Here is an overview of the features we wanted to use to determine the “score” of a paper that we would then rank and output to the user as recommendations.
We also decided that since we had created these “topics”, and were running the LDA inferencer on all the new papers everyday classifying them into topics, we would provide topic based recommendations as well- so if a new user came in, and was browsing the topics- they could see the top papers in that topic. Ofcourse, in addition to having high topic probability, these papers were ranked by recency of publication, impact factor of their host journal and tweet counts (if any)!
For personalized recommendations, we decided we would first use topic similarity between the users papers (or library) and the corpus of all recent papers to filter or shortlist possible candidate papers to recommend, and then use word similarity to further refine the selection. The final ranking would use our special ‘sauce’ based on tweet counts, date of publication, author quality etc to order these papers and present to the user!
This involved connecting various pieces of the pipeline and by September 2014, we had a working pipeline that generated and displayed topic recommendations and library recommendations (if a user had uploaded a personal library) on the website!!
Here is a list of books/talks I found useful: Introduction to Recommender systems (coursera) Intro to recommender Systems – a four hour lecture by Xavier Amatriain Coursera: Machine Learning class: Section on Recommender systems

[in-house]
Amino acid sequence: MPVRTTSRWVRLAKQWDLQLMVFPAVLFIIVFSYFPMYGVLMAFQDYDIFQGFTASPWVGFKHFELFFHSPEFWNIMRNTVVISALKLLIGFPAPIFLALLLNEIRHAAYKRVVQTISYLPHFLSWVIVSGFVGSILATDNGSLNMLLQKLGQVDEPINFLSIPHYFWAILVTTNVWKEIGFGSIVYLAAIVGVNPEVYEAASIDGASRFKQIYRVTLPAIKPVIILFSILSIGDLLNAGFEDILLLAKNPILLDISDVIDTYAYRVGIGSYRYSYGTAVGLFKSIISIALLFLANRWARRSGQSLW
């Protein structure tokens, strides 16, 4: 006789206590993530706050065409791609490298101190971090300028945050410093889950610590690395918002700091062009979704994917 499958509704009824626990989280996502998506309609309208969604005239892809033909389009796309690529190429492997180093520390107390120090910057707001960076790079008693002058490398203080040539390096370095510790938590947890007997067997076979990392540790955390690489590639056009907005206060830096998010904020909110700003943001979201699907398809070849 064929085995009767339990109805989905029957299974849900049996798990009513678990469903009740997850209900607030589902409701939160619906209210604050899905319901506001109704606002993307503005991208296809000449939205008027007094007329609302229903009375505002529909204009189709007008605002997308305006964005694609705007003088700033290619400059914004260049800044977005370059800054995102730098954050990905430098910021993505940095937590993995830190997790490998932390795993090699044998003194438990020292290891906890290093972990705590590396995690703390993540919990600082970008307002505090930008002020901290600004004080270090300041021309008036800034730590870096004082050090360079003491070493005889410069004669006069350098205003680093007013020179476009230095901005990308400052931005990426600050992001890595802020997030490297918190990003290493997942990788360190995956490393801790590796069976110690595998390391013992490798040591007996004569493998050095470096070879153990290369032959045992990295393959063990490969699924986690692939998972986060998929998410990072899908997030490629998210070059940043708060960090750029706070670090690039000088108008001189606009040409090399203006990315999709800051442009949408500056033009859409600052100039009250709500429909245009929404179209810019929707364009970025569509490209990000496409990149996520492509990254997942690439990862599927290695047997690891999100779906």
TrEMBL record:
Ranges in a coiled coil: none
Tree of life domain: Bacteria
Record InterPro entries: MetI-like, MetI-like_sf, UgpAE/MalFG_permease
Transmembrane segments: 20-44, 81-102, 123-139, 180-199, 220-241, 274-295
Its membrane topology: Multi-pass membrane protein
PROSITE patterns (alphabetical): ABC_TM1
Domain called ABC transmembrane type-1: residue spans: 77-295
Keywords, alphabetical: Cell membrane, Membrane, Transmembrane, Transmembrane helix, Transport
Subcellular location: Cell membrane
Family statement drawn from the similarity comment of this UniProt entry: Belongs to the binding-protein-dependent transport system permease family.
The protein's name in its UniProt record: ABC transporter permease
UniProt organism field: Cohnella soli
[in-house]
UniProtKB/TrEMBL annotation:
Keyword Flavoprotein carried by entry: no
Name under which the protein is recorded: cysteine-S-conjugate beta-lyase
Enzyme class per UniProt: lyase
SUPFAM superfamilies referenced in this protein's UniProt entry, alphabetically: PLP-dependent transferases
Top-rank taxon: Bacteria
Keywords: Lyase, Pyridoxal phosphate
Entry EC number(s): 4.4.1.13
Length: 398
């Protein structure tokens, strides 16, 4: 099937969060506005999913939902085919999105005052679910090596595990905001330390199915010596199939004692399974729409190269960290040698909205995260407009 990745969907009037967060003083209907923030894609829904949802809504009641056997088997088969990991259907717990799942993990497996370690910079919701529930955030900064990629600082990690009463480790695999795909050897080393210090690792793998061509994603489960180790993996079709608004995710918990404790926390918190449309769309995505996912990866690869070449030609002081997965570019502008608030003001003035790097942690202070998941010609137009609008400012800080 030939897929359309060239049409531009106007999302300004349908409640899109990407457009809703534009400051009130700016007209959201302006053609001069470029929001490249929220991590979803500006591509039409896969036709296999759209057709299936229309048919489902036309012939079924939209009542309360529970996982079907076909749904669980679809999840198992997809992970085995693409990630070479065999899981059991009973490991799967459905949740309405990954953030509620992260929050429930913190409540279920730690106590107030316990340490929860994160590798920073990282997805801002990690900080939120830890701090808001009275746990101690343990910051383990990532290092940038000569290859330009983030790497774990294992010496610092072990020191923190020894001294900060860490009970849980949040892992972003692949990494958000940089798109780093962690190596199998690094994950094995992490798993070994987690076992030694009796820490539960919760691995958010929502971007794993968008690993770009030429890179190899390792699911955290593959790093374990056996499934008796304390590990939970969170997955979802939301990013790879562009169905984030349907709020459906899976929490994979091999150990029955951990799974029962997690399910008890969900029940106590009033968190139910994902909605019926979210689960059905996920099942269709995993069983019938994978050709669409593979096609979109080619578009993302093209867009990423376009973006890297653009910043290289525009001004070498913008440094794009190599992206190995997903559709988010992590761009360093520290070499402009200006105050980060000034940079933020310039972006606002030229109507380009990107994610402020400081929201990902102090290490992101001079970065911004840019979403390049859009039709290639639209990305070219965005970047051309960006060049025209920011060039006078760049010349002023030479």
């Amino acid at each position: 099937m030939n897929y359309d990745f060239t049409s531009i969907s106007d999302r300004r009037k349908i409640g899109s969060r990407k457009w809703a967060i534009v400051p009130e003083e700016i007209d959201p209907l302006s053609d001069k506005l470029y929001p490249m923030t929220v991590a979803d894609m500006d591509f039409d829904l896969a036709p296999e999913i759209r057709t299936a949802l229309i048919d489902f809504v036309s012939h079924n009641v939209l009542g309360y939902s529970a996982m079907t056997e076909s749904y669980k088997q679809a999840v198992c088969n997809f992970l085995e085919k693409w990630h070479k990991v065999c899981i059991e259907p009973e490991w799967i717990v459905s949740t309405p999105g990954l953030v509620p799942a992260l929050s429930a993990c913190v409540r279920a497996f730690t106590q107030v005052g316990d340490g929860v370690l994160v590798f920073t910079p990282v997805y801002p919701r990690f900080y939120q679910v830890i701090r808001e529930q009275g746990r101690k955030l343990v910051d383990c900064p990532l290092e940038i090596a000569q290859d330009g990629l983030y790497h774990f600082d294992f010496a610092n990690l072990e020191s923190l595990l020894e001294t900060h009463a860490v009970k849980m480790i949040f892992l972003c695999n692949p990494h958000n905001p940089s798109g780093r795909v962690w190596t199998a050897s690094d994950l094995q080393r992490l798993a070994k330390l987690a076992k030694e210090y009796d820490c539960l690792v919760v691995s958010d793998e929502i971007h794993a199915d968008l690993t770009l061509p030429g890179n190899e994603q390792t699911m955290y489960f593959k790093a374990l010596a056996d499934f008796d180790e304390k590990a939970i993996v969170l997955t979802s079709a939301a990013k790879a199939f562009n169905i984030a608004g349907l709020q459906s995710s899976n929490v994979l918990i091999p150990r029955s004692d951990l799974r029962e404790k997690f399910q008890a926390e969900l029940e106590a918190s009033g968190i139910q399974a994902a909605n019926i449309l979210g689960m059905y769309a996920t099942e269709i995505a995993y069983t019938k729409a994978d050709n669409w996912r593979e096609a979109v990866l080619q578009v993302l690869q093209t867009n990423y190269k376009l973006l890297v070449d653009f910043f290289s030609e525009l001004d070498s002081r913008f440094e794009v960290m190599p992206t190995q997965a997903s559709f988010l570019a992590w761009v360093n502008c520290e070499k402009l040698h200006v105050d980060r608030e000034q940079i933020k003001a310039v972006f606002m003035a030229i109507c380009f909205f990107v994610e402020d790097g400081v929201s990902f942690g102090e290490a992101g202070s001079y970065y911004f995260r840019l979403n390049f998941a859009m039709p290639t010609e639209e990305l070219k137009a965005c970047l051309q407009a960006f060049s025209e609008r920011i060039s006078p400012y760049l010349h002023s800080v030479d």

As the project grew, we started downloading tweets from various journal websites and tried to set up an algorithm to parse tweets that were related to particular papers and link them to the paper; thereby producing another “metric” to compare papers by. In addition; we started keeping a detailed records all the authors of the papers and attempted to create a citation database. As complexity grew; we found that our local server was too slow and after some research; decided to take the plunge and move our stuff to AWS-the Amazon Web Server. We created a VPC (a virtual Private cloud), moved our database to Amazon’s RDS (Relational Database Service) and created buckets or storage on Amazon’s S3 (Simple Storage Service). Its relatively easy to do and the AWS documentation is pretty good. What I found really helpful were the masterclass webinar series.
I launched a Linux based instance and then installed all the software versions I needed like python2.7, pandas, numpy, ipython-pylab, matplotlib, scipy etc . It was interesting to note that on many of the amazon machine, the default python version loaded was 2.6, not 2.7. I scouted the web a fair bit to help me configure my instance the am sharing soem of the commands below
General commands to install python 2.7 on AWS- should work on most instances running Ubuntu/RedHat Linux:
Start python to check the installation unicode type. If you have to deal with a fair amount of unicode data like I do then make sure you have the “wide build” . I learned this the hard way.
- >>import sys
- >>print sys.maxunicode
It should NOT be 65564
- >>wget https://s3.amazonaws.com/aws-cli/awscli-bundle.zip
- >> unzip awscli-bundle.zip
- >> sudo ./awscli-bundle/install -i /usr/local/aws -b /usr/local/bin/aws